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  • Oregon's child-restraint laws in need of a boost

    Vague language leads to deaths among children too big for car seats, too small for seat belts

    Saturday, February 17, 2001

    IN MY OPINION Autumn Alexander Skeen

    Central Oregon was our destination when my 4-year-old son Anton and I buckled up and set out from Seattle in a borrowed SUV the summer of 1996. We were headed for our family's beloved cabin along the Metolius.

    Instead, on the windy interstate between Ellensburg and Yakima, we drifted onto the shoulder. The SUV rolled three times. When the Washington State Patrol arrived, they found me critically injured but alive, held into the car by my seat belt. Next to me, however, they found no one, the seat belt still clicked shut. Anton had been ejected from the car's sprung doors and killed.

    I had trusted the law that day when I buckled him in. But the adult seat belt completely failed him. At 45 pounds he was too small, I learned later, for it to do its job.

    The Washington law was not worthy of the trust parents put in it. It was, in essence, what Oregon's law is now.

    Since that terrible day, my family and I have fought to change Washington's law to reflect what the experts now say: Children approximately ages 4 to 8, between 40 and 80 pounds and less than 4 feet 9 inches tall need special, elevated seats to travel safely.

    In Oregon, the law requires use of carseats up to age 4 or 40 pounds, and then that children be properly secured. Parents see that as making sure their children use seat belts -- which are designed for an average 160-pound man. That, among other gaps in Oregon child passenger safety laws, is why the state scored a D in a recent report card put out by the National Safe Kids Campaign.

    But one judge down in Medford is not asleep at the wheel on this issue of small kids flopping around in big seat belts. This month, Jackson County Circuit Judge Daniel L. Harris backed up a deputy's citation to a woman, who was in an accident, for failing to properly secure her two post-carseat-age youngsters.

    The deputy noted that her children had slipped out of their adult seat belts in the crash and had been thrown against the back of the front seats. Fortunately, the children were not hospitalized, but nonetheless it was obvious they were not adequately restrained.

    Harris wrote that he looked to specific national standards when deciding her children had not been properly secured.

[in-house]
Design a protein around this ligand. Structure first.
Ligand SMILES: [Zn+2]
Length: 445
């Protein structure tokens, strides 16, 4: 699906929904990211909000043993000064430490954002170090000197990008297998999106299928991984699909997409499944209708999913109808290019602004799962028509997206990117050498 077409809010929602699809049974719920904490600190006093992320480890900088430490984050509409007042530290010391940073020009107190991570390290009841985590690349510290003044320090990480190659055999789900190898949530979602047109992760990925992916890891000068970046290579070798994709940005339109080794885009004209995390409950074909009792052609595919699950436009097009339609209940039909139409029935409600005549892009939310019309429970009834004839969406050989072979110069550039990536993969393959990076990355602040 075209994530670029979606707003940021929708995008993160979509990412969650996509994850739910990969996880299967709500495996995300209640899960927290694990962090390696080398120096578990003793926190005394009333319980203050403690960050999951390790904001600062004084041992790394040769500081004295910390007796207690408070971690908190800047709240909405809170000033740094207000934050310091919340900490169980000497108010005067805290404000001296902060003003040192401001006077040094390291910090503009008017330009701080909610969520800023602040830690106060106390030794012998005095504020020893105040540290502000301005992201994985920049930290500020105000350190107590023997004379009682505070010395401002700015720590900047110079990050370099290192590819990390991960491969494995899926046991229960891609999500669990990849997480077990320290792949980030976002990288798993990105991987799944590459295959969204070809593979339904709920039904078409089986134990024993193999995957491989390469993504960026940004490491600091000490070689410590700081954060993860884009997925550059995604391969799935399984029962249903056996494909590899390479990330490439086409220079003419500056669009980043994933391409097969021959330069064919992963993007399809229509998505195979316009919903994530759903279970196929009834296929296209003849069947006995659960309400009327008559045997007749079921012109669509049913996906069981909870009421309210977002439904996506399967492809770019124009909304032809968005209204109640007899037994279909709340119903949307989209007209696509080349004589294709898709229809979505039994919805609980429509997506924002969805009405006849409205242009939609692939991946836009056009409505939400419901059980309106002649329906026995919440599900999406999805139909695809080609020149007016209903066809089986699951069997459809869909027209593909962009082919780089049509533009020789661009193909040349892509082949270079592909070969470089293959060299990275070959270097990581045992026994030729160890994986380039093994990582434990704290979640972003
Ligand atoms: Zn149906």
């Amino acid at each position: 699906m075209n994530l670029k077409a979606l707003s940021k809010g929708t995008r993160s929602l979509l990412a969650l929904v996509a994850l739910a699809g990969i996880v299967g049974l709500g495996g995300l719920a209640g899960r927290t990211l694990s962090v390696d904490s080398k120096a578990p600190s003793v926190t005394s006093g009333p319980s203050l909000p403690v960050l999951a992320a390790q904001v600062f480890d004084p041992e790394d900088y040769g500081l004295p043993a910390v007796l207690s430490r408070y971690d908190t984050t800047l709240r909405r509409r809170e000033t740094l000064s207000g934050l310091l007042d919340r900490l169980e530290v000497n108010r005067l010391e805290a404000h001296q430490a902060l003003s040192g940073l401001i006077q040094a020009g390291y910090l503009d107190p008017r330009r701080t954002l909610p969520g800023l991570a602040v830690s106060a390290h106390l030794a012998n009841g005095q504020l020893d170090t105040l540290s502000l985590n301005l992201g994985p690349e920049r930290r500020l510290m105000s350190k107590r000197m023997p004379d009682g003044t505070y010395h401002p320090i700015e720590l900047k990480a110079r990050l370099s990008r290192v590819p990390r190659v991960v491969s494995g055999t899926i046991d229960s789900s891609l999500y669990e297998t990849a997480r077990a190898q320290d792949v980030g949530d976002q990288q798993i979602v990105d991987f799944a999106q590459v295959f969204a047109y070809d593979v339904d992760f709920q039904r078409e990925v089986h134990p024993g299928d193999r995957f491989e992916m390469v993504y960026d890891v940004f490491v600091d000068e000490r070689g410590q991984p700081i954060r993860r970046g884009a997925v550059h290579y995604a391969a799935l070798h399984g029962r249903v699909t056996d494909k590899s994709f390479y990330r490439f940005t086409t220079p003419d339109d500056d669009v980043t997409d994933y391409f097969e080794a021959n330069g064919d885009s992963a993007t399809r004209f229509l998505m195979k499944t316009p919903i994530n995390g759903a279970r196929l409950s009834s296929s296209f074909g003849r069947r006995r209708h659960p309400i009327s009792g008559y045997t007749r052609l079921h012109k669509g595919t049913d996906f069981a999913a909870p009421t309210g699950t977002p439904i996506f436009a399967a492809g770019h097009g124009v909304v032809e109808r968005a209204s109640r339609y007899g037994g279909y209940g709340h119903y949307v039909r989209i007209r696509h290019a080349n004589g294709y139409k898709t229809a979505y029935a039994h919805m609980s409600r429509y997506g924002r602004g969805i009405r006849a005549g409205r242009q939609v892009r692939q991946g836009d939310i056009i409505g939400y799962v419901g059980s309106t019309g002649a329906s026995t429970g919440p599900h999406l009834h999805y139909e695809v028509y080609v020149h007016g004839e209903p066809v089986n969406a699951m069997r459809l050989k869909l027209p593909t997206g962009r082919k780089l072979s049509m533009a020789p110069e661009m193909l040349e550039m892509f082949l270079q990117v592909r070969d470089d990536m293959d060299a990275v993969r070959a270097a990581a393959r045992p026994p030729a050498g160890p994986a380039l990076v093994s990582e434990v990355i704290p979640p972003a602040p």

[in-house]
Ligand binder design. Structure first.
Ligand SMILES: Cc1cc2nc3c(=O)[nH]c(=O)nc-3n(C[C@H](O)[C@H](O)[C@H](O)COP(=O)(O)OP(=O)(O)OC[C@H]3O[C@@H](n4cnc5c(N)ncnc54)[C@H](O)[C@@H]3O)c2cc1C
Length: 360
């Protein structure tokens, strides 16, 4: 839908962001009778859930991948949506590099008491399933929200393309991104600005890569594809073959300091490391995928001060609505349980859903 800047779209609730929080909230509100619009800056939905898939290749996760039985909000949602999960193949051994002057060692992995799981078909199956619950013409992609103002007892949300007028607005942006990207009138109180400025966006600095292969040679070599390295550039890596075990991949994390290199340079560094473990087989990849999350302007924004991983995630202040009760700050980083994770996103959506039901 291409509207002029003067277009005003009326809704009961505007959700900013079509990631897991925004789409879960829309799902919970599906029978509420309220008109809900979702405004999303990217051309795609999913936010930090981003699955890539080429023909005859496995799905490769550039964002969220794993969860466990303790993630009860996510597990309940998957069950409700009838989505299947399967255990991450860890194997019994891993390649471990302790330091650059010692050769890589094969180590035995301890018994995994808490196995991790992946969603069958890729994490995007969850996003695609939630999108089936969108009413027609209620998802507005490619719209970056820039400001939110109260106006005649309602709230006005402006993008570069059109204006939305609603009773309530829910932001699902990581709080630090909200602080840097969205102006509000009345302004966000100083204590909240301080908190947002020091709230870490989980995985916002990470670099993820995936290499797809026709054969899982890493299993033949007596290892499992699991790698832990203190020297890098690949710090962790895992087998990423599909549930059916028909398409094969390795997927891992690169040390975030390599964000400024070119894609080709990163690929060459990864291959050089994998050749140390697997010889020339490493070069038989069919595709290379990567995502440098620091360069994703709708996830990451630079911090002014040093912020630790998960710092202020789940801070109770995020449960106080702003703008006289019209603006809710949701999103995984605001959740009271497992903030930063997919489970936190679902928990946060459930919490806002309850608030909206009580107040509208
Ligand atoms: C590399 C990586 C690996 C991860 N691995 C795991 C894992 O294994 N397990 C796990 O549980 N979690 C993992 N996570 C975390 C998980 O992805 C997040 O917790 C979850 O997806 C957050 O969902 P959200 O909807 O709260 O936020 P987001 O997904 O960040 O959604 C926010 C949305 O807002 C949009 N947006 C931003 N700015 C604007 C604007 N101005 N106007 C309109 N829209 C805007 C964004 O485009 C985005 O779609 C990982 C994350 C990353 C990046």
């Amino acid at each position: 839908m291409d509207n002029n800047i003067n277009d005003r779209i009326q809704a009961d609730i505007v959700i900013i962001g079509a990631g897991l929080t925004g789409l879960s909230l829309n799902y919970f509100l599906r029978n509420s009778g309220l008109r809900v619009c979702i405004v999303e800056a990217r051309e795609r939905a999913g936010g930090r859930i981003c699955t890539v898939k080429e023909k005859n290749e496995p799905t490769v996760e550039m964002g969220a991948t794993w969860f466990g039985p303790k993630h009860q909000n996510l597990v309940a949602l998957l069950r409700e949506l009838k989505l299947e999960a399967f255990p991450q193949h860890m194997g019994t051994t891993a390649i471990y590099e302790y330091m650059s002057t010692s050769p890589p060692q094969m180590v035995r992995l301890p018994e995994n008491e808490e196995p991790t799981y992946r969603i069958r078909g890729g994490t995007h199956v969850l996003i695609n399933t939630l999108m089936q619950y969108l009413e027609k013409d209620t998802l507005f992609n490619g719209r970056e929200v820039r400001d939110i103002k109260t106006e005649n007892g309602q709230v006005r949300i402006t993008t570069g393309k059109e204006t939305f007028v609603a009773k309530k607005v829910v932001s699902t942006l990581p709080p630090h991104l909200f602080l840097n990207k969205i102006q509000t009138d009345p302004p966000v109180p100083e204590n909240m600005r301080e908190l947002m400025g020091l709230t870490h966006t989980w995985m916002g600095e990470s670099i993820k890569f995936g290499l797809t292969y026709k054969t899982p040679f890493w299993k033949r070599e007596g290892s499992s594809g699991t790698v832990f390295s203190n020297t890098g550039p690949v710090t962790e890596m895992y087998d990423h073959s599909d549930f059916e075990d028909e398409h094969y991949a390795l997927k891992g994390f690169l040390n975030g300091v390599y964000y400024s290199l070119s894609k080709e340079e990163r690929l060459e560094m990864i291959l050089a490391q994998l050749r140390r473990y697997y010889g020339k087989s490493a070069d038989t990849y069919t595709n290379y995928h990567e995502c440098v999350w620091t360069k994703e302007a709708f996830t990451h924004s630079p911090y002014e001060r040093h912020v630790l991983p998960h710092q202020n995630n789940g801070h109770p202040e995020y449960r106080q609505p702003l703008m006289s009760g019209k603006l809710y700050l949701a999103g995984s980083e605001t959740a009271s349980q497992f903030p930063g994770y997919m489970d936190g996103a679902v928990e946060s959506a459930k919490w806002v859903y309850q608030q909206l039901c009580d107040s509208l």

" 'Properly secured' means children ages 4 through 8 and weighing 40 to 80 pounds need to ride in booster seats, which protect them from spinal and head injuries," Harris wrote in explaining his finding that she had violated Oregon's law. Nonetheless, he waived her $55 fine, noting that she and the general public need education in this area.

    He also is circulating a letter, pointing out this foggy area of Oregon child passenger law and gathering opinions among his judicial colleagues.

    "My major concern is that law enforcement and judges don't fully interpret our law. They don't go to the national standard," Harris said. "We need to make it crystal clear so everyone has an opportunity to understand what 'properly secured' means. We can't impose fines unless that is understood."

    Whether Oregon chooses to upgrade its child passenger laws with specific mention of booster seats or to expand and educate upon what's already on the books is important.

    But far more important is that parents not wait. Parents must obtain these seats for use with three-point seat belts if they travel with children ages 4 to 8.

    Eight children ages 4 to 8 died last year on Oregon's highways because they were not restrained appropriately, and many others were grossly injured. Those are deaths that devastate families and marriages, deaths that go on dying as the child's birthdays go by, their toys gather dust, their photos on the refrigerators frozen in time. These are preventable deaths.

    Parents: Heed the experts and campaign safety messages. Booster seats are easy to use, fun for children because they can see out the window and serve as a form of inoculation from the hazards of today's commutes. Please don't wait. Protect the children who trust you, and, likewise, protect yourselves from regret.

    Take it from one who knows: Hindsight is hell.

    Autumn Alexander Skeen of Walla Walla, Wash., is the national safety ambassador for Ford Motor Co.'s Boost America campaign. Parents may obtain booster seat information from the Oregon Child Safety Seat Resource Center, 1-800-772-1315.

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